Every writer worth their salt knows that a significant amount of research and thinking time goes into producing the shiny finished product. So if you’re suffering from a case of writer’s block, you can still make productive use of your time with the following tips:
• Scour blogs like Reddit, home to thousands of illuminating threads where people share anecdotes, experiences, feelings and opinions, ranging from the poignant to the hilarious.
• Call a friend and ask if they have any opinions or feelings about a certain subject. You could even work together and bounce ideas off each other.
• Watch documentaries and video clips that pad out the factual details and context of your work.
This will provide some respite from typing, and maybe even a spark of inspiration for the next stage of your story. Inspiration is found in the most unexpected of places—so get creative with your free time!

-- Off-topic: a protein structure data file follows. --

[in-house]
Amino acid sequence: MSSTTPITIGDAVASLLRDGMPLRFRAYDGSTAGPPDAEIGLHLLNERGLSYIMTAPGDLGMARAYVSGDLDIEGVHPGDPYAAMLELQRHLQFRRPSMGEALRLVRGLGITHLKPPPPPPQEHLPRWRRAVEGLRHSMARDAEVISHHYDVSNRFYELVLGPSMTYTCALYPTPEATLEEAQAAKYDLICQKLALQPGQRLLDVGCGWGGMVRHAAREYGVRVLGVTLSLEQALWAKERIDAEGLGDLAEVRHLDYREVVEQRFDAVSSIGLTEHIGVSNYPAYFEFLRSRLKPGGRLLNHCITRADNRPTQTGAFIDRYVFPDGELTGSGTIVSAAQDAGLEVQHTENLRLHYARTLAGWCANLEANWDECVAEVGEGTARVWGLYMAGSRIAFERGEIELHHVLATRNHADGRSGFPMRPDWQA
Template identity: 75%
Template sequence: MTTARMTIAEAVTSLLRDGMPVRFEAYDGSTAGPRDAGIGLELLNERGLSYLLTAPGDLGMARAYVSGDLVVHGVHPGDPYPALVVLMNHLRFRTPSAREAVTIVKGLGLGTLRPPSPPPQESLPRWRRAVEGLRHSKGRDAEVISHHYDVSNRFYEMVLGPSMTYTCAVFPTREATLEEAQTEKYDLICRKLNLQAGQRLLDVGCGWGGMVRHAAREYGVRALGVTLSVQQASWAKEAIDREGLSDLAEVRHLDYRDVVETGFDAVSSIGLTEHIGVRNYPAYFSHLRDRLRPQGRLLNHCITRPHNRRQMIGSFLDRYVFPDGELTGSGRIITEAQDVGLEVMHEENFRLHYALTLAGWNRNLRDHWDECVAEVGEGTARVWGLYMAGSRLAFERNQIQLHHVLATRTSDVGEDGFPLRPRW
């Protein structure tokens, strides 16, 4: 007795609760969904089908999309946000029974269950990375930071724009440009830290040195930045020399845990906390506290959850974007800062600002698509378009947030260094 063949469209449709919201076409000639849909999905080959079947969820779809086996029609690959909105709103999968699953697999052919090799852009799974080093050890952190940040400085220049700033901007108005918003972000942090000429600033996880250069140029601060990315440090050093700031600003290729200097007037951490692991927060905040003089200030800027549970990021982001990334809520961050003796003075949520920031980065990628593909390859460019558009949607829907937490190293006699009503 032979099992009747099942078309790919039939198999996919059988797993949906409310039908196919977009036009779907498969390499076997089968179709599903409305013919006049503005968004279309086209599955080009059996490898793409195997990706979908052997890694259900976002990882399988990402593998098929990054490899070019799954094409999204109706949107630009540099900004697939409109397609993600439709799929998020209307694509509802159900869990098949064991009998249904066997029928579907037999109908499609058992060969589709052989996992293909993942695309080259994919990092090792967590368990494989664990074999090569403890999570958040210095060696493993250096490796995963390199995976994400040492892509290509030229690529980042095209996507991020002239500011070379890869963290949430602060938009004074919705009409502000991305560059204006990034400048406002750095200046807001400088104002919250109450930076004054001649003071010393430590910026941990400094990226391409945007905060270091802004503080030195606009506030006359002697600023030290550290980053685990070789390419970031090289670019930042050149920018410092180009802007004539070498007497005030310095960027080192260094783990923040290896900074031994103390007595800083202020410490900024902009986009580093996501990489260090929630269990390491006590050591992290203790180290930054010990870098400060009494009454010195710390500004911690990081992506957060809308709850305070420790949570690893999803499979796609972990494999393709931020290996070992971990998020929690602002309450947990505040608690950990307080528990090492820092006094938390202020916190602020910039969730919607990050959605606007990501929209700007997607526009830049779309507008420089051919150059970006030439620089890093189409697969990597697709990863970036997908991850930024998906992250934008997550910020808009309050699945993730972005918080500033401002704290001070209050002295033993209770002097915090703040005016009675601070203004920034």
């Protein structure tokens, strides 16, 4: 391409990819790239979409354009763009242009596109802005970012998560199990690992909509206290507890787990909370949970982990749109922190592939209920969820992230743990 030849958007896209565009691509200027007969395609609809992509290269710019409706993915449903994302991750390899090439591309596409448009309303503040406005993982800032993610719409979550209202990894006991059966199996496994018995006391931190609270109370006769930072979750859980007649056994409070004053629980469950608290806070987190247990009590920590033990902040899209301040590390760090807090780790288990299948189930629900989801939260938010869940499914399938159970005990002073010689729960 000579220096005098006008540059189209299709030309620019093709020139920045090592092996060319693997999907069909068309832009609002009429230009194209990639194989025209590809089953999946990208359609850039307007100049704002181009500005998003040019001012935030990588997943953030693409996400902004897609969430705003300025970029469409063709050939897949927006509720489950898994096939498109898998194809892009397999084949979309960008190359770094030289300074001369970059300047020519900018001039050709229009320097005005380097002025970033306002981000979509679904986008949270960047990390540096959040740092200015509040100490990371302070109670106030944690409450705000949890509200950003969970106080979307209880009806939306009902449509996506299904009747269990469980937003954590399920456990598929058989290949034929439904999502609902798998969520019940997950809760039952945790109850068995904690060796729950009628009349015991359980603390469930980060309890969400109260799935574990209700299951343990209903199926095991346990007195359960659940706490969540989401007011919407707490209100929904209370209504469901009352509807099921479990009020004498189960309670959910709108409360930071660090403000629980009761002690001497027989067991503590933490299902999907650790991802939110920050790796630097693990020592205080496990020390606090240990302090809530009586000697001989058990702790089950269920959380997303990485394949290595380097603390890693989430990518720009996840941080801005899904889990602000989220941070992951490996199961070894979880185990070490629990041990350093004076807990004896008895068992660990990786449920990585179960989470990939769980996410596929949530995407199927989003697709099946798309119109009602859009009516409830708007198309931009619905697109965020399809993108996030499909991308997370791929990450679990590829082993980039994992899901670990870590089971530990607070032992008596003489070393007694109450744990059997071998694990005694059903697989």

3. Re-adjust your expectations
As the appointments in our social calendars dwindle and we spend more time at home, it’s easy to feel like we should be seizing every opportunity to smash our writing goals. However, this pressure can soon become burdensome and demoralising if we let overzealous goal setting become a stick to beat ourselves with when we inevitably fail. We must acknowledge that these are difficult times. Writing is hard enough without having to adapt to new challenges, so cut yourself some slack!
Setting small, achievable writing targets is much more encouraging, and a flexible means to getting work done. If things don’t pan out one day, be forgiving and take the opportunity to reset and re-calibrate. A good night’s sleep can do wonders for brain fog.
Consistency isn’t always key. Sometimes you need to go with the flow and embrace a more chaotic routine — allow time for procrastination, rumination, and er, snacking. There will be days when you write faster than the wind, and other days when you only write a word, capture a feeling, or jot down an interesting quip you heard in the post-office queue. That’s okay. Ultimately, you need to find what works for you. Some people will benefit from strict routine, while others need to harness their intense bursts of creativity.